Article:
Talking House Transmitter
to reviewing a few of the technical aspects of the Transmitter.
Talking House Transmitter is a powerful tool
when you use it to its fullest potential.
believe that understanding a little bit more about how it operates
will help you create the perfect message that will sell the home,
sell yourself, and generate a steady flow of leads. This issue
of our newsletter is devoted to reviewing a few of the technical
aspects of the Transmitter.
We feel we’ve
produced one of the best Operations Manuals available for any
piece of technology. So, we don’t intend to re-hash information
that is available to you in the Ops Manual. Our goal is to give
you some further
background information that helps you achieve the highest quality
sounding messages on car radio’s in your target listening areas.
Transmitters are very user-friendly. Our newest models have been
designed with some unique “bells and whistles” that make them
a powerful marketing tool. We strongly encourage you to take the
time to learn all of your Transmitter’s features, so you can fully
utilize the power of the entire program.
are a few of the neat “features“ you should
be sure to read about in the Operations Manual:
Two-Part Message System. This feature can
save you the time and trouble of re-recording the part of
the message which contains your free offers, and contact information.
The two-part message feature basically splits the 5-minute
voice chip into two-parts. It allows you to record a part
of your message once, and lock-it-in. You won’t need to change
this part of the message as you move the Transmitter from
house-to-house. Plus, this feature also
allows you to sell ad time on your “radio network”, and
lock-in the ad message from your paying advertisers. Finally,
it allows you to easily use our Celebrity Impersonations.
So, it is definitely worth learning how to use!
OK, this is not really a separate Transmitter “feature”.
It is possible because of the above mentioned two-part message
system. But it is so neat, it is worth mentioning. A wrap
around message gives your messages a very professional sound,
and will really impress your prospects. Basically, it is
an easy way for you to have an introduction and a final
word on the message that you’ve pre-recorded into message
position #1. The information about the specific listing
appears in the middle. This approach to a message is sometimes
called a “Donut”. Look it up in the Ops Manual. It’s
easy, and it’s impressive.
a Message. As we hope you are aware, the
Talking House Transmitter allows you to broadcast your message
in several ways:
a message in your own voice, using the hand-held microphone.
a prerecorded message directly to the Message Chip,
from an external audio source such as a CD player or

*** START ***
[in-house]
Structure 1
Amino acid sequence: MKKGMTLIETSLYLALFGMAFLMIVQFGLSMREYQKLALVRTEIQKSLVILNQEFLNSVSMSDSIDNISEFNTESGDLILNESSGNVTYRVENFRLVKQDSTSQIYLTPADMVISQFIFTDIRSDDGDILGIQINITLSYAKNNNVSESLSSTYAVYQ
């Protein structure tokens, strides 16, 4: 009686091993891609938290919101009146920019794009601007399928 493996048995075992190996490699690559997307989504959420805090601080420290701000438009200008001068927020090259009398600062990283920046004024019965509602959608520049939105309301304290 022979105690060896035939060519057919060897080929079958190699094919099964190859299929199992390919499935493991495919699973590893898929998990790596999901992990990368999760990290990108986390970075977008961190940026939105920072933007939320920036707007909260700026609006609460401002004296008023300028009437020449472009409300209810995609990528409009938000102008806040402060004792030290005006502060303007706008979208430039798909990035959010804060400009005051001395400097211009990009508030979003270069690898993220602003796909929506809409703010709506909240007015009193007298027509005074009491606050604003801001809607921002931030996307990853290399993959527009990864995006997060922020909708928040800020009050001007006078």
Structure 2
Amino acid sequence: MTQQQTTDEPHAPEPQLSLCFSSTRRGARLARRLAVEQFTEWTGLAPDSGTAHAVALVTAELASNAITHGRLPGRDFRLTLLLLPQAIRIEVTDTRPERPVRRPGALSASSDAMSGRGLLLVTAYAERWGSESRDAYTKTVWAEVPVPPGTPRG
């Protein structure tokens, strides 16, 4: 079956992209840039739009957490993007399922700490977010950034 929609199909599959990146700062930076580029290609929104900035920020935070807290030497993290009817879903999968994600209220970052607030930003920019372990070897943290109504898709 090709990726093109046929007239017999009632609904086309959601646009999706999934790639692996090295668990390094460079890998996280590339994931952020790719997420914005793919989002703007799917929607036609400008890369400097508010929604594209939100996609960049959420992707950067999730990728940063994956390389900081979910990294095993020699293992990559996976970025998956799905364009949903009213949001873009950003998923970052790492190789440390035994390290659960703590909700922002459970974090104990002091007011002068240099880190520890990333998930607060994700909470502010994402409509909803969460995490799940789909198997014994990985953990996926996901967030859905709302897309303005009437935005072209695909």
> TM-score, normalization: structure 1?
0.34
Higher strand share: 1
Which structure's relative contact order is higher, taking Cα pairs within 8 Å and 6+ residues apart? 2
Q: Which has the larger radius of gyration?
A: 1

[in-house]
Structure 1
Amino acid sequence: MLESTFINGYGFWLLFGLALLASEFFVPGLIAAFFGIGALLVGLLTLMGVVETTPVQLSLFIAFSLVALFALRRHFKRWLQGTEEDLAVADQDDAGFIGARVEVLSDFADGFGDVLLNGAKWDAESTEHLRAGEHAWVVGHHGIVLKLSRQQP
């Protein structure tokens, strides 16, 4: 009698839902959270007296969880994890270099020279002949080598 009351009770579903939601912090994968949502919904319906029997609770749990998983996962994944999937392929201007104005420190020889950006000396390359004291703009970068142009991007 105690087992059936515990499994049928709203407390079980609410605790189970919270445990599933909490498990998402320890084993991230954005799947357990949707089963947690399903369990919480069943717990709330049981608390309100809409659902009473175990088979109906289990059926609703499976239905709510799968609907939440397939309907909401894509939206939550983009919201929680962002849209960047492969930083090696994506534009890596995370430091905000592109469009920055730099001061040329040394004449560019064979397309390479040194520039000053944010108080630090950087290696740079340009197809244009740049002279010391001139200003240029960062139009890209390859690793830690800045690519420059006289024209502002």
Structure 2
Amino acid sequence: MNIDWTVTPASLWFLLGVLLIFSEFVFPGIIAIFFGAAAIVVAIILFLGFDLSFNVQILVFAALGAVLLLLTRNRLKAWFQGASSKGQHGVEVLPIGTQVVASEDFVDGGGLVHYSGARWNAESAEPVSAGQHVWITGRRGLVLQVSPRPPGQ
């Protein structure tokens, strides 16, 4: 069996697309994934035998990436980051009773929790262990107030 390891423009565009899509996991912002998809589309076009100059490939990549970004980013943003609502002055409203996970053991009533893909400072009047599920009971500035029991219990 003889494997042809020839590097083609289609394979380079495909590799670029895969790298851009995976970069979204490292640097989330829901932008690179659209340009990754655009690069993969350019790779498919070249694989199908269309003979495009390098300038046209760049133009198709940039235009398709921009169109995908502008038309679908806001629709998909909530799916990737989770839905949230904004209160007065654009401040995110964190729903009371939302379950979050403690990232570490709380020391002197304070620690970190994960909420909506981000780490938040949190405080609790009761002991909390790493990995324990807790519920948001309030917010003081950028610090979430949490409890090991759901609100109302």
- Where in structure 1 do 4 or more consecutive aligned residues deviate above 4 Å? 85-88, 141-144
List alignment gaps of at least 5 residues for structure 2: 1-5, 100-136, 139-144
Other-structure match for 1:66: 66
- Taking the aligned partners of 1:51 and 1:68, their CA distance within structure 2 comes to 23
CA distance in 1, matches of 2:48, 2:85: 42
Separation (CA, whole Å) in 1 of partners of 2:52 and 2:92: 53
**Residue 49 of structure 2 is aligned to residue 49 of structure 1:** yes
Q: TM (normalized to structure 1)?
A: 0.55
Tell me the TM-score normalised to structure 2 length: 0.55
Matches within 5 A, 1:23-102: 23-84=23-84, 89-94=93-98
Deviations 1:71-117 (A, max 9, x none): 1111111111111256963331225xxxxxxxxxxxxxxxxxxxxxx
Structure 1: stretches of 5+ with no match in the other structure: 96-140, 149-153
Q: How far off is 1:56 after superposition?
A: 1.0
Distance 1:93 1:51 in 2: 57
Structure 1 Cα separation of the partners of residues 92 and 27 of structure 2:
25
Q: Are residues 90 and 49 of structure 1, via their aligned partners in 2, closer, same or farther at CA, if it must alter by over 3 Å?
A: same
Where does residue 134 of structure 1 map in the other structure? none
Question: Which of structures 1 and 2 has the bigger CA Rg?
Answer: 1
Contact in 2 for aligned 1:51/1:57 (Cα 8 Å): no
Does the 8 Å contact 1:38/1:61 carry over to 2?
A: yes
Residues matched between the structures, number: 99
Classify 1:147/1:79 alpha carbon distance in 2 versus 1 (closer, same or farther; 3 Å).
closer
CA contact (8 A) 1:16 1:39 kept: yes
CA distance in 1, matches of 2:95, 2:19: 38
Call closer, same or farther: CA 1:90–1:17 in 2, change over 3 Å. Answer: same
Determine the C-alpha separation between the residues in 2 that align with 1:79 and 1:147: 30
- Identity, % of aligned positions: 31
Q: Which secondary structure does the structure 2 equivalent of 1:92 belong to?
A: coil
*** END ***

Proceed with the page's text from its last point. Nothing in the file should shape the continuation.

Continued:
- By broadcasting
directly from an external audio source, which allows you
to utilize a longer pre-recorded message that exceeds
the Message Chip storage time on your Transmitter.
last two options are accomplished by using the input jack
on the back panel of the Transmitter. This jack can be used
to put a professionally produced message in Position #1,
including our Celebrity Impersonations. Many agents have
found that a professionally produced message about themselves,
their free offers, and their contact information has improved
their response rate (i.e. number of calls). It also allows
you to run a patch cord from a secondary source that can
be used to broadcast a much longer message. Many agents
have actually produced “radio show” type broadcasts around
special events or the holidays.
people like to hear what not to do. So, here’s a list of ”don’ts”
put the Transmitter on the front wall of the house (back 10-15
feet from the front wall is best)
spread-out the antenna along a baseboard (it’s a good idea
to use masking tape to stretch is up vertically)
put the Transmitter in front of a window (again, 10-15 feet
back from the front wall and any window)
install the Transmitter near a florescent light
choose a frequency already being used by another broadcaster
install the Transmitter in the basement
inadvertently insert the microphone cord into the “line input”
plug it in before you stretch-out the antenna
Yard Signs Are Printed with 1610AM
Although setting the frequency you are broadcasting
on is easily accomplished using the up or down buttons on the front
panel, the procedure to determine which frequency will work best
for you, in your particular area, is more involved. The Transmitter
is programmed to 1610 at the factory, so it will calibrate to this
frequency the first time it is “powered-up”. The reason for this
is simple. We needed to choose some frequency, and since in many
areas of the country 1610 works well, this is the one we chose.
If it works well in your area, you may not have to go any further
to find a suitable frequency to broadcast on.
However, do not be confused
into thinking that the Transmitter is “picking a station” for
you. You have to decide what frequency is the best one in your
area, and then tune the Transmitter to that frequency using the